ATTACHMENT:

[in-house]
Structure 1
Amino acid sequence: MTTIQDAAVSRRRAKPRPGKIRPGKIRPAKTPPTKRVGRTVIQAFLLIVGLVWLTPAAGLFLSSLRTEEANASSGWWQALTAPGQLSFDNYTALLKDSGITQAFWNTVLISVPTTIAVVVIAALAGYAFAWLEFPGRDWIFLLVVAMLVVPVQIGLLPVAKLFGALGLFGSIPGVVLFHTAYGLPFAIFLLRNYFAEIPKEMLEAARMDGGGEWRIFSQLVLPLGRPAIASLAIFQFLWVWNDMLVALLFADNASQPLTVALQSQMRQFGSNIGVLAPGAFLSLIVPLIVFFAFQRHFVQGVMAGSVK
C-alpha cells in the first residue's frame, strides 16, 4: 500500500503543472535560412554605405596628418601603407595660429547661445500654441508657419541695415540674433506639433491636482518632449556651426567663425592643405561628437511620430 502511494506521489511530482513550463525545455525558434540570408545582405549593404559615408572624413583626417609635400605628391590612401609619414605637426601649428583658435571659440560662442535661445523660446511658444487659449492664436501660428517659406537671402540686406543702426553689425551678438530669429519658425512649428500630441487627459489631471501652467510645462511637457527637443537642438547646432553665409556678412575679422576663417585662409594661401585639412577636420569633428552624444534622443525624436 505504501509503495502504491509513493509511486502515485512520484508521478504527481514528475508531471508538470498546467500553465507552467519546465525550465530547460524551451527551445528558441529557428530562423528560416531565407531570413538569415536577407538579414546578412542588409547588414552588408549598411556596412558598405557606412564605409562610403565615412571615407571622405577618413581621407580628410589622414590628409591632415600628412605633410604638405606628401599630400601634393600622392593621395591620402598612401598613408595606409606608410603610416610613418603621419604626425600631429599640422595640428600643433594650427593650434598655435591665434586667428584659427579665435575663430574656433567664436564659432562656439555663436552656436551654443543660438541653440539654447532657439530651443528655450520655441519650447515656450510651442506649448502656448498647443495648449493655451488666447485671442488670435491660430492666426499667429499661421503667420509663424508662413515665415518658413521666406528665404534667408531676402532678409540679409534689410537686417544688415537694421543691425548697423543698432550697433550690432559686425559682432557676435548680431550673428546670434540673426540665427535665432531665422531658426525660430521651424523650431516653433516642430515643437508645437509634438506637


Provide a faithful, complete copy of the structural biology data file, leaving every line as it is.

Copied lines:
[in-house]
Structure 1
Amino acid sequence: MTTIQDAAVSRRRAKPRPGKIRPGKIRPAKTPPTKRVGRTVIQAFLLIVGLVWLTPAAGLFLSSLRTEEANASSGWWQALTAPGQLSFDNYTALLKDSGITQAFWNTVLISVPTTIAVVVIAALAGYAFAWLEFPGRDWIFLLVVAMLVVPVQIGLLPVAKLFGALGLFGSIPGVVLFHTAYGLPFAIFLLRNYFAEIPKEMLEAARMDGGGEWRIFSQLVLPLGRPAIASLAIFQFLWVWNDMLVALLFADNASQPLTVALQSQMRQFGSNIGVLAPGAFLSLIVPLIVFFAFQRHFVQGVMAGSVK
C-alpha cells in the first residue's frame, strides 16, 4: 500500500503543472535560412554605405596628418601603407595660429547661445500654441508657419541695415540674433506639433491636482518632449556651426567663425592643405561628437511620430 502511494506521489511530482513550463525545455525558434540570408545582405549593404559615408572624413583626417609635400605628391590612401609619414605637426601649428583658435571659440560662442535661445523660446511658444487659449492664436501660428517659406537671402540686406543702426553689425551678438530669429519658425512649428500630441487627459489631471501652467510645462511637457527637443537642438547646432553665409556678412575679422576663417585662409594661401585639412577636420569633428552624444534622443525624436 505504501509503495502504491509513493509511486502515485512520484508521478504527481514528475508531471508538470498546467500553465507552467519546465525550465530547460524551451527551445528558441529557428530562423528560416531565407531570413538569415536577407538579414546578412542588409547588414552588408549598411556596412558598405557606412564605409562610403565615412571615407571622405577618413581621407580628410589622414590628409591632415600628412605633410604638405606628401599630400601634393600622392593621395591620402598612401598613408595606409606608410603610416610613418603621419604626425600631429599640422595640428600643433594650427593650434598655435591665434586667428584659427579665435575663430574656433567664436564659432562656439555663436552656436551654443543660438541653440539654447532657439530651443528655450520655441519650447515656450510651442506649448502656448498647443495648449493655451488666447485671442488670435491660430492666426499667429499661421503667420509663424508662413515665415518658413521666406528665404534667408531676402532678409540679409534689410537686417544688415537694421543691425548697423543698432550697433550690432559686425559682432557676435548680431550673428546670434540673426540665427535665432531665422531658426525660430521651424523650431516653433516642430515643437508645437509634438506637